Re: Bug#927667: gnome: please confirm or revert choice of Wayland for default desktop

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Re: Bug#927667: gnome: please confirm or revert choice of Wayland for default desktop

Jonathan Dowland
Dear Simon,

Thanks for taking the time to file this, I had been meaning to in the
week leading up to Easter but I was unable to get much computer time.

On Sat, Apr 20, 2019 at 08:44:42PM +0100, Simon McVittie wrote:
> but I think it would be good to reassess the costs and benefits
>of Wayland vs. X11 by default, and either make a positive decision to
>keep Wayland as the default, or diverge from upstream and switch back
>to Xorg by default like Debian stretch and Ubuntu 18.04 did.

The decision as to whether GNOME-in-Debian defaults to Wayland or X has
repercussions beyond a GNOME perspective, because GNOME is the default desktop
for Debian. I think the "bar" that must be met for a change of default display
system from X to Wayland for the default Debian desktop is higher than just
for GNOME itself: Debian is a rich ecosystem of thousands of packages from
lots of communities, including GNOME and others; I believe it's a
reasonable expectation of a user that the default desktop system works
reliably with the vast majority of packages within our repositories,
not just those designed specifically for GNOME.

My personal impression of GNOME/Wayland is that it's not up to that standard
just yet (I experience lots of problems when I have tried to evaluate it, but I
have not yet filed nor investigated each of them further, and I should).  But I
would worry about making that judgement myself because I'm not at the cutting
edge of this area. Ubuntu deciding that it wasn't ready for 18.04 was notable
to me; if it wasn't suitable for them, with a narrower focus than Debian, then
I would think it not yet suitable for us either.

What triggered me to say something was learning that some packages were being
autoremoved, with the justification that they don't work well with the (now)
default desktop system. "synaptic" was the first, and a very high profile one
at that (but I think it has now been patched: #818366); another that I became
aware of was "tilde", but I have not performed an exhaustive search and I worry
there may be others. I did try "gparted" to be sure that worked (seems to)
since that's another "best in class" GUI app which was likely to have the same
problems as synaptic.

(I realise that it was neither the GNOME team nor the release team that decided
a package not working under Wayland should be RC, and that you do not
necessarily support that.)

What I would really like to see, please, is pointers to the criteria used in
the decision making for switching to Wayland-for-default. What was considered
important? Is there any consensus with the position I outline in my first
paragraph above? Was this decision made before or after Ubuntu abandoned it for
18.04? Do we know what specific criteria Ubuntu used, and how does it differ to
ours?

>From what I have seen or discovered so far, I argue that GNOME-Wayland is not
yet a suitable choice for the default desktop, and would suggest the simplest
fix would be to revert to GNOME/X11 for Buster and re-evaluate for the next
release.

>(As the maintainer of flatpak in Debian, I would be sad to see us go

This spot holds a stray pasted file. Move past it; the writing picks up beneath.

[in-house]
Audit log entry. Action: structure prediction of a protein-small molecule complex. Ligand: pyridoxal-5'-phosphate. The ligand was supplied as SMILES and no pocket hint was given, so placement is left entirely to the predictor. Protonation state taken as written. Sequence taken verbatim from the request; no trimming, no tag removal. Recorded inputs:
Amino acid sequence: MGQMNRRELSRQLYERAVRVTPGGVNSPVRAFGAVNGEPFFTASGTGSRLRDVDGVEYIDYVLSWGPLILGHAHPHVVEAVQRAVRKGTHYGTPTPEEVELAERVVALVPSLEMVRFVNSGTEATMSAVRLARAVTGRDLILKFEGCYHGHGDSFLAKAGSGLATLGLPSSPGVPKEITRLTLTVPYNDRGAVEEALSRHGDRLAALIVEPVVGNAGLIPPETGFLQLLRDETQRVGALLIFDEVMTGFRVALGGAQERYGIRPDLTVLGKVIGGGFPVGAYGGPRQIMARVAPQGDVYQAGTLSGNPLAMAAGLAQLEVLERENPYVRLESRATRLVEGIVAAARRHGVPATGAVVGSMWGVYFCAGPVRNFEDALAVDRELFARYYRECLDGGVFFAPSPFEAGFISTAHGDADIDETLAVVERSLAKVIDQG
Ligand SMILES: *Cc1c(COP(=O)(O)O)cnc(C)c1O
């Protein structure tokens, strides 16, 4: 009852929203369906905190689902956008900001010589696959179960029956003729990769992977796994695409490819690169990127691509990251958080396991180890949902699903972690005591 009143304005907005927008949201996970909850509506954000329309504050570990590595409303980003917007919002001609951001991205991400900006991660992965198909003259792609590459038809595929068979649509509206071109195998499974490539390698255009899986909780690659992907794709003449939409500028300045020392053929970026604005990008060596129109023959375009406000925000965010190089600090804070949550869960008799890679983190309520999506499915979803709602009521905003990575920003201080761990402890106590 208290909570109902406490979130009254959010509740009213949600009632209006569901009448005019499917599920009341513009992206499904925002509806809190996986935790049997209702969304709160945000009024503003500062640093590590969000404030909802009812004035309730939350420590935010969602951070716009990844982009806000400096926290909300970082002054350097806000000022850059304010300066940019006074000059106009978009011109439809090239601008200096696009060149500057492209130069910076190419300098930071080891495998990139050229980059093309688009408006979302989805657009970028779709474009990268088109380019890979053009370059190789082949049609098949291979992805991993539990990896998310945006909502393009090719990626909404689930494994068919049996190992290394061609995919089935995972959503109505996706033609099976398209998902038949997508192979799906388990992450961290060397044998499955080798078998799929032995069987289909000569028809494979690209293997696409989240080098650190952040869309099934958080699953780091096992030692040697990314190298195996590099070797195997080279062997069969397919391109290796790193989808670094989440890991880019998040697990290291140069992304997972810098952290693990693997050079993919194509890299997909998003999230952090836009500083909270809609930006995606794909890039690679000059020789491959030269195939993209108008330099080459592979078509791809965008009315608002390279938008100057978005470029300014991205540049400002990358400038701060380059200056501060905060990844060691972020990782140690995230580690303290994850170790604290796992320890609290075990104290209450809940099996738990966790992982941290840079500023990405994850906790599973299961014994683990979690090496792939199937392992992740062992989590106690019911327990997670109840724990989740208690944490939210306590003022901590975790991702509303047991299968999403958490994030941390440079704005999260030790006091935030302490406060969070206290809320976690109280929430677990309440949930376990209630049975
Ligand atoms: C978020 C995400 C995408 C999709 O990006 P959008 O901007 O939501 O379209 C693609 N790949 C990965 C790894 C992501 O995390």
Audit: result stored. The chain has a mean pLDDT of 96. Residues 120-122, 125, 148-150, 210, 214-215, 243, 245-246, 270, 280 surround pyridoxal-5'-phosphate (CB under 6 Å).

>back to a display protocol where every app can copy other apps' window
>contents, inject fake input events or be a keylogger... but I'm also
>aware that some programs rely on X11 not providing meaningful privilege
>separation, and that the Wayland compositor model exacerbates any bugs
>that cause GNOME Shell to crash.)

I can appreciate your position and the improved secure isolation of independent
graphical apps in the Wayland stack is very attractive. I just want to be sure
that we as a project are effectively weighing these new advantages against the
costs. It's important to me that we are not throwing out packages (and the
corresponding work that other developers have put into making Debian as great
as possible), or making the experience of using the wealth of packages within
Debian less seamless for new users, without being aware at a project level that
we are doing it.  I have no axe to grind against Wayland and would never say
"never" to it.


Best wishes

--

⢀⣴⠾⠻⢶⣦⠀
⣾⠁⢠⠒⠀⣿⡁ Jonathan Dowland
⢿⡄⠘⠷⠚⠋⠀ https://jmtd.net
⠈⠳⣄⠀⠀⠀⠀

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Re: Bug#927667: gnome: please confirm or revert choice of Wayland for default desktop

Jonathan Dowland
Folks,

On the subject of Wayland's readiness to be the default Debian desktop display
system for Buster, I've just filed #928002 to track problems with drag-and-drop
between X and non-X applications under Wayland (presently filed against firefox
but I think it probably belongs somewhere else).

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Re: Bug#927667: gnome: please confirm or revert choice of Wayland for default desktop

Simon McVittie-7
On Fri, 26 Apr 2019 at 10:50:10 +0100, Jonathan Dowland wrote:
> On the subject of Wayland's readiness to be the default Debian desktop display
> system for Buster, I've just filed #928002 to track problems with drag-and-drop
> between X and non-X applications under Wayland (presently filed against firefox
> but I think it probably belongs somewhere else).

I forgot to mention before that I've been using a usertag to mark
Wayland-related bugs:
https://udd.debian.org/cgi-bin/bts-usertags.cgi?tag=wayland&user=pkg-gnome-maintainers%40lists.alioth.debian.org

I've usertagged #928002 accordingly. Please usertag any similar bugs that
you report or notice.

(Not all of these are regressions that would be addressed by going back
to X11.)

    smcv